It fits in with the ethos of the BJP re-modelled by Modi with a much more inclusive and substantially altered social base…writes Sunil Trivedi
The nomination of Draupadi Murmu as NDA’s Presidential candidate has been seen as a tactical political outreach to the tribals, women and under privileged population and the decision is attributed to Prime Minister Narendra Modi’s penchant for the surprising.
On an impressionistic view, this may appear plausible. However, a deeper study of the way Modi has changed the architecture of BJP over the past 40 years brick by small brick, block by big block as his stature in the party grew, reveals that Murmu’s nomination is but a natural outcome of the political values that the new BJP stands by.
It fits in with the ethos of the BJP re-modelled by Modi with a much more inclusive and substantially altered social base.
This kind of neutral and analytical study of BJP as an organization is now available, thanks to the painstaking efforts of Ajay Singh, the writer, who has put together a perspicacious yet in-depth work on organization building, growth and dynamics of BJP. He has located the analytical study amid the dramatically dynamic political eco-system in which Modi built the BJP as a formidable organization.
The book titled ‘The Architect of the New BJP: How Narendra Modi Transformed the Party’ has an enduring academic weight to it without it being a dull and ponderous reading. Most importantly, it is not a hagiography, though Modi captures centrestage as the very subject of the study.
It is a racy reading which recounts many defining political incidents that shaped India since the 1970s. That’s when Modi began to contribute to the making of BJP at its grassroots.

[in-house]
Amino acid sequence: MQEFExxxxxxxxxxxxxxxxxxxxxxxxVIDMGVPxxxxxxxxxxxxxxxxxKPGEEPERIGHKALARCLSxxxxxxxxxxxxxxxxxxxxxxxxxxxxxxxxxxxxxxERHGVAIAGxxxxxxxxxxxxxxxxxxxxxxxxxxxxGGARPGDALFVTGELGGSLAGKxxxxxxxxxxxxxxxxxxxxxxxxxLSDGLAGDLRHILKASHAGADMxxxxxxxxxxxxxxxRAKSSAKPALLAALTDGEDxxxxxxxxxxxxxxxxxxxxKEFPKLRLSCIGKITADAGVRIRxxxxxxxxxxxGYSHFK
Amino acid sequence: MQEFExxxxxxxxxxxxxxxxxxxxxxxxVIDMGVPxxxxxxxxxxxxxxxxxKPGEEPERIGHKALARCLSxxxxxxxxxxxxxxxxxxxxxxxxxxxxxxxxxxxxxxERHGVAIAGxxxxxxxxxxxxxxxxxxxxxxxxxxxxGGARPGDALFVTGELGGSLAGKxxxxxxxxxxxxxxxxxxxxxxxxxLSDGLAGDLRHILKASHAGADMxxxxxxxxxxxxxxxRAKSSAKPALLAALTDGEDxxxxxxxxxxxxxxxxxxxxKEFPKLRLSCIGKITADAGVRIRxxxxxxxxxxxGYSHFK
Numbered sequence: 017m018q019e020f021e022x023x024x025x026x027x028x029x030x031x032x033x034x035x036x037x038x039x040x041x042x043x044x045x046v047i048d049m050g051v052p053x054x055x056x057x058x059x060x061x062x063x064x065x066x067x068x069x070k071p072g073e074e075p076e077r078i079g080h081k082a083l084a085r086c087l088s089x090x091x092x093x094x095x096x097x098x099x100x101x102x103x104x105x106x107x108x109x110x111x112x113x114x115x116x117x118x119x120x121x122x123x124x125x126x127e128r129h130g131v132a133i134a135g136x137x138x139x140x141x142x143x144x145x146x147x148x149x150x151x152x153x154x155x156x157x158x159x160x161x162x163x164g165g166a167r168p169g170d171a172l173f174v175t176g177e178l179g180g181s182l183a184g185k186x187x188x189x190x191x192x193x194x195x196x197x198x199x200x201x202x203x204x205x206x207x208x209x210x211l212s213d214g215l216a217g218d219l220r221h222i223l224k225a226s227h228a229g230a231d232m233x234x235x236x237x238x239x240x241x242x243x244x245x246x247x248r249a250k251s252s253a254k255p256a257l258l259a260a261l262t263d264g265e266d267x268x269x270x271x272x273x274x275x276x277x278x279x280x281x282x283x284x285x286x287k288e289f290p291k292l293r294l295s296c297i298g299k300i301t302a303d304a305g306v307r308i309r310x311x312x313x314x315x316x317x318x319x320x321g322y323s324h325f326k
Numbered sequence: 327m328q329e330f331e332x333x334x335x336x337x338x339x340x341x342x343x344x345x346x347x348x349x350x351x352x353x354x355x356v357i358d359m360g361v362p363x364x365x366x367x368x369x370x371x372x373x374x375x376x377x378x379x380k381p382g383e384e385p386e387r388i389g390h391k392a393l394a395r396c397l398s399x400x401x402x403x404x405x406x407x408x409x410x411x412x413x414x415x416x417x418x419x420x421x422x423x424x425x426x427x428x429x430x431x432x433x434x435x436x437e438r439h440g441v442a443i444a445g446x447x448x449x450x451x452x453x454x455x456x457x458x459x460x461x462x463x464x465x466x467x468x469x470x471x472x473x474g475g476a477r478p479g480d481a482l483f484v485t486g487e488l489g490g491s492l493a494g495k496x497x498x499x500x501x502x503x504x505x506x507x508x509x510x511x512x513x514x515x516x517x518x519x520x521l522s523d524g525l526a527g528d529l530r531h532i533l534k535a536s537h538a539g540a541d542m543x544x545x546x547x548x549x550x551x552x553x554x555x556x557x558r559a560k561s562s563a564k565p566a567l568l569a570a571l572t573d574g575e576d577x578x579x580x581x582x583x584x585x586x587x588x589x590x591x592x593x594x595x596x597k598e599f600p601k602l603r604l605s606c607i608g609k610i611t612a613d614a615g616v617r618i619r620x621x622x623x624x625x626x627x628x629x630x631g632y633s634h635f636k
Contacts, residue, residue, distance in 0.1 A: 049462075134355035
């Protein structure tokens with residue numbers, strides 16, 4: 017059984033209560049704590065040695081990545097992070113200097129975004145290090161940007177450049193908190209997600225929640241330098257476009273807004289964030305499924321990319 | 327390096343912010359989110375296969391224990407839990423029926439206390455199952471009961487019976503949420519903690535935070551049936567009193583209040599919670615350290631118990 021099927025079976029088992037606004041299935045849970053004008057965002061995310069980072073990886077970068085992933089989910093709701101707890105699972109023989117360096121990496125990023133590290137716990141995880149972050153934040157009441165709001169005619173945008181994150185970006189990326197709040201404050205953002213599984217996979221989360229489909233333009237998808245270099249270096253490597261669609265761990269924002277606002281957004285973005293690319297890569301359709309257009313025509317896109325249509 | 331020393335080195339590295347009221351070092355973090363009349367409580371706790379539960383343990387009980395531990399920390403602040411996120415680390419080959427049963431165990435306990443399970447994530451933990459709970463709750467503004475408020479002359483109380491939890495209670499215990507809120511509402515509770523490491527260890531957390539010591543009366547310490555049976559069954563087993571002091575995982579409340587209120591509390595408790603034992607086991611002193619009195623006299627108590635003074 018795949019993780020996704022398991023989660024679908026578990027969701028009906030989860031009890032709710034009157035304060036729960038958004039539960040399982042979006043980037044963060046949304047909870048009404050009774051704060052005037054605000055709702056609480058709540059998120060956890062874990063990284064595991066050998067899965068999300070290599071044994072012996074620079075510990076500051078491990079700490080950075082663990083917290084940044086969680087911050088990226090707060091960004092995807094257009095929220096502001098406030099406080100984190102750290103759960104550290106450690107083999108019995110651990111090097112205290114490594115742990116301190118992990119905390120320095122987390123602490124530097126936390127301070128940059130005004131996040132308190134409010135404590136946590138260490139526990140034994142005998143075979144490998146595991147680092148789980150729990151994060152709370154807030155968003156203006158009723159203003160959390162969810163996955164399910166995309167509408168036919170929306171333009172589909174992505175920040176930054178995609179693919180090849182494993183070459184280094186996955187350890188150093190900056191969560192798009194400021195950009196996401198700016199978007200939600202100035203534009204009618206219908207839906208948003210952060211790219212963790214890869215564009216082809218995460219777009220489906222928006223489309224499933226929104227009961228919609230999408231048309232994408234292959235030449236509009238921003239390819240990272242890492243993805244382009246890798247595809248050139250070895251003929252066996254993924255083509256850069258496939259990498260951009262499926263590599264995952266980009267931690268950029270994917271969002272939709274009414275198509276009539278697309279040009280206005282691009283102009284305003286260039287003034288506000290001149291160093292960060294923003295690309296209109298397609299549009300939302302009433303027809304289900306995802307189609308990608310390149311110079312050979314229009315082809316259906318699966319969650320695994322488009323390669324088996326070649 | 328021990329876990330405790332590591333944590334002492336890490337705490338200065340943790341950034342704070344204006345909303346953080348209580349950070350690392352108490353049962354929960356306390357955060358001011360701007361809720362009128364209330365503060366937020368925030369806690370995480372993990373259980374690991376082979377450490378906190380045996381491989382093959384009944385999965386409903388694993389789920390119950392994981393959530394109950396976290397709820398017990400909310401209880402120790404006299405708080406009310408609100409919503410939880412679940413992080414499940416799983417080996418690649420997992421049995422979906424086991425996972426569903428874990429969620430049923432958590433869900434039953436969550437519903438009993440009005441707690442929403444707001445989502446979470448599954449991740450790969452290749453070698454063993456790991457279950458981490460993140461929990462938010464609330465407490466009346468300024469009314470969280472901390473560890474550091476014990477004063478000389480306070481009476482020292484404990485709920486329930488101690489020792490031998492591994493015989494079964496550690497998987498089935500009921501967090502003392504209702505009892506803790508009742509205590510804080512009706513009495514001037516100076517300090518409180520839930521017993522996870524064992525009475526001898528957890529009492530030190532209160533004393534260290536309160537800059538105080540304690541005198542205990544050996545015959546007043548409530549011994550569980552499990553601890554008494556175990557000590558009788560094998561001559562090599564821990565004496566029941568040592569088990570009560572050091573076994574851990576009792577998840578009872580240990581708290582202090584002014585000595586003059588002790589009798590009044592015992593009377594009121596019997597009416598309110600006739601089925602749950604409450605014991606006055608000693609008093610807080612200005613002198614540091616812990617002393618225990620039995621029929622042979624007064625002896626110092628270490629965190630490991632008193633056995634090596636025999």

Concepts and words like design thinking, system building, organic growth, holistic approach and proactive strategies have become trite with overuse. But they make eminent sense when used in a case study or a context which is authentic.
All these concepts, as Ajay Singh highlights in the book find vindication in the organisational journey of BJP guided by the single mindedness of Modi. This single mindedness is, however, multi-dimensional and multi-layered encompassing the government, the party apparatus from top to bottom, social and economic issues in the various regions of India, management of change, disaster management, social psychology, dealing with pressure groups and what have you.
The erudite foreword of the book is written by the eminent author Walter Andersen, a former head of South Asia Studies at Johns Hopkins University, USA.
Andersen mentions a weakness common to most of the writings in the space of practical politics and organisations. He says many scholars analyzing political parties either avoid the difficult task of developing a deep insight into its functioning or make do with a cursory analysis. Ajay Singh is an exception, Andersen says.
Coming from a serious author like Andersen, that’s a compliment which Singh’s book totally justifies. Andersen’s concluding lines in the foreword sum up the essence of the book.
In fact, he quotes Singh to substantiate the point that the ideological vision behind Modi’s organisation building and electoral projects has been to replace the Congress system conceived by a Western-educated elite with a BJP that is the sole contender for the claim of a wholly Indian, home-grown way of party building.
Singh thinks that this project will continue after Modi because of the robust organisation he has built which is capable of throwing up new leadership options.
The conclusion of the book is like an apotheosis after the reader goes through a very racy and interesting recounting of political incidents, many of which are likely to have skipped attention of even the alert political observers.
The conclusion may well be a part of a book on political science or an academic political history as it relates the political incidents and Modi’s organization-building-responses with concepts in seminal works like ‘Party Building in a New Nation: The Indian National Congress’ by Myron Weiner published in 1967 and ‘Party Politics in India: The Development of Multi-Party System’ (1957), Christophe Jaffrelot’s ‘The Hindu Nationalist Movement in India’ (1996), Craig Baxter’s ‘The Jana Sangh: A Biography of an Indian Political Party’ and several other major books.
Ajay Singh has managed to weave in serious conceptual interludes without burdening the lightness of the reading experience.